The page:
By Osittsa Ebiem
The mass kidnapping of about 279 young high school girls from Chibok in Northeast of Nigeria by Boko Haram, the Islamic terrorist group is currently making headlines around the world. There is a public outcry and righteous indignation against this dastard crime. This sort of heinous crime against children and the innocent is completely unacceptable anywhere in the world today. By every standard it is a crime against all decent human beings everywhere. We all condemn it.
All well-meaning leaders everywhere have come out to condemn this evil in strongest terms. These leaders include the group known as Southeastern or Igbo states’ governors. Igbo governors are supposed to be the political opinion leaders of Igbo people. For this reason they are expected at all times to play politics in consonance with the general vibe of the people they lead. This means they must know how to express to the rest people in the Nigerian union what the Igbo really think in every given situation. When they are in doubt it is expected of them to consult widely before coming up with a consensus positional statement that will sit well with the majority of the people they are leading. In the group’s recent positional statement on the Chibok abduction which was made without making any connections of the travails of the girls from Chibok with the Igbo’s past collective Biafran genocidal experience is just as condemnable and disgusting as the Chibok abduction they came out to condemn.
In Chibok as well as in many similar incidents in the past the Igbo governors got it all wrong and committed an unpardonable blunder. As the representatives of Igbo people, duty demands from the governors at all times to state boldly the actual feelings of the Igbo in every Nigerian discourse. Leaders are those who take the people they lead to a future that is predetermined and largely influenced by the current generation, to reflect the people’s collective aspirations. Such a future is only possible when the people and their leaders are not afraid or ashamed to make copious references to their past.
Chibok presented the governors an opportunity that a more sensitive and politically savvy leadership would have used to remind Nigeria and the rest of the world about the gravity of the same atrocity that the perpetrators of the Chibok gruesome act – the Islamic terrorists committed against Nigerians. There is nothing wrong with sympathizing with a grieving neighbour while making references to one’s own similar horrible experience. This does not only help the grieving neighbour to heal better by knowing that their present situation resonates with the experience that their sympathetic neighbour went through in the past; it equally helps the sympathizing neighbour to heal too by knowing that he is not alone in his pain. Chibok should have afforded the Southeastern governors the opportunity to remind Nigeria, the British and the rest of the world that Chibok is possible today fifty years after Biafra because the ghost of the Biafran genocide has not been exorcised.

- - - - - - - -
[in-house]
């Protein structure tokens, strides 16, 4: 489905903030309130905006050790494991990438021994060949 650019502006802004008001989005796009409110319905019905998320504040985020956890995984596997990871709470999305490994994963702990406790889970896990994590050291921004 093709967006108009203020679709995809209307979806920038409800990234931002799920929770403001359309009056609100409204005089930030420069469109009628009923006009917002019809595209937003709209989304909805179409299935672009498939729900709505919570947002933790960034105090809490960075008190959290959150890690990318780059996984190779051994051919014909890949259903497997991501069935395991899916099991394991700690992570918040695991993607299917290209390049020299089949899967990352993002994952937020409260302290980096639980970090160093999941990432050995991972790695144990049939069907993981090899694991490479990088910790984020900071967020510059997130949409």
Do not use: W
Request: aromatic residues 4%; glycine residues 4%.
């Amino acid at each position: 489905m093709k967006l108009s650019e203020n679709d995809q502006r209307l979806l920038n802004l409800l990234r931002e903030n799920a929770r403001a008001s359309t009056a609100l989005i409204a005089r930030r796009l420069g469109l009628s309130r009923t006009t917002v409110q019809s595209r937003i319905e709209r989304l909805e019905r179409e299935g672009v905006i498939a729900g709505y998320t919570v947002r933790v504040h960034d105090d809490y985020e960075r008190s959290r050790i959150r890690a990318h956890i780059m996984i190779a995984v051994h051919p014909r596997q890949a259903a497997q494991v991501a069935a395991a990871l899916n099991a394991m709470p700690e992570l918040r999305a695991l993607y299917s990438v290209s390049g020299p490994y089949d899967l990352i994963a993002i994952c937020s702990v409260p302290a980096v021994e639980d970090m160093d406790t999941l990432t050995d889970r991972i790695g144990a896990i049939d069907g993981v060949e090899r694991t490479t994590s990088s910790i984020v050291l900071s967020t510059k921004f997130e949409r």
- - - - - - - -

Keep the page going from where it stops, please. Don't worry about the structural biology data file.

Perhaps the most noticeable embarrassing twist in the Chibok incident is the fact that the victims of the ongoing crime include also the original perpetrators of the former crime on the sympathizing neighbor.
As we conclude this piece, it becomes harder to silence this nagging and uncomfortable question: Why are Igbo governors afraid or ashamed to confront Nigeria and Nigerians with the injustices of the Biafran genocide whenever they are given the opportunity as in the ongoing Chibok opportunity? What is wrong with Igbo governors, anyway? If they are not well prepared for the position they are holding – leading Igbo people, why can’t they learn a lesson from their brother and a true leader – the Governor of AkwaIbom State, GodswillAkpabio.
Over the years, Akpabio has not only proved himself as real leader at every given opportunity by always doing and saying the right thing, he has shown real leadership when he conducted in the first week in April 2014 a memorial service for the proper and honorable repose of the heroes from his state who died in the civil war.
OsitaEbiem is on Twitter:@ositaebiem